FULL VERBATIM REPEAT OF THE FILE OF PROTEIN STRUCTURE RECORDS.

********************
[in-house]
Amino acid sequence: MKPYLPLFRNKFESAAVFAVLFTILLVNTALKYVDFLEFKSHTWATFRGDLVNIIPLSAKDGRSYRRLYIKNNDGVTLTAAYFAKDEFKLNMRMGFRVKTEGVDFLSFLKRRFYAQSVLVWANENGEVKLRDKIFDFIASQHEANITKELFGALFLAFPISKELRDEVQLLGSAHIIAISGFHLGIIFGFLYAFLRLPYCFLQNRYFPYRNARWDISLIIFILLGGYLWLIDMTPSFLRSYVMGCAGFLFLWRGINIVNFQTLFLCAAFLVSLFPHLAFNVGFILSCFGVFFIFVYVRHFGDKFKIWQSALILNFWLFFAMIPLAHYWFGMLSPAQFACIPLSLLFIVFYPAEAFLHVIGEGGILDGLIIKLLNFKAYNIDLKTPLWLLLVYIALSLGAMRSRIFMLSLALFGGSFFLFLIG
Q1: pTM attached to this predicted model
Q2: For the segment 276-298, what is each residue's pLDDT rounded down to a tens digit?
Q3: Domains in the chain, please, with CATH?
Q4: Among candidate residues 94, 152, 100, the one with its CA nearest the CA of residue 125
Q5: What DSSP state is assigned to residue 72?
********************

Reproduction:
[in-house]
Amino acid sequence: MKPYLPLFRNKFESAAVFAVLFTILLVNTALKYVDFLEFKSHTWATFRGDLVNIIPLSAKDGRSYRRLYIKNNDGVTLTAAYFAKDEFKLNMRMGFRVKTEGVDFLSFLKRRFYAQSVLVWANENGEVKLRDKIFDFIASQHEANITKELFGALFLAFPISKELRDEVQLLGSAHIIAISGFHLGIIFGFLYAFLRLPYCFLQNRYFPYRNARWDISLIIFILLGGYLWLIDMTPSFLRSYVMGCAGFLFLWRGINIVNFQTLFLCAAFLVSLFPHLAFNVGFILSCFGVFFIFVYVRHFGDKFKIWQSALILNFWLFFAMIPLAHYWFGMLSPAQFACIPLSLLFIVFYPAEAFLHVIGEGGILDGLIIKLLNFKAYNIDLKTPLWLLLVYIALSLGAMRSRIFMLSLALFGGSFFLFLIG
Q1: pTM attached to this predicted model
Q2: For the segment 276-298, what is each residue's pLDDT rounded down to a tens digit?
Q3: Domains in the chain, please, with CATH?
Q4: Among candidate residues 94, 152, 100, the one with its CA nearest the CA of residue 125
Q5: What DSSP state is assigned to residue 72?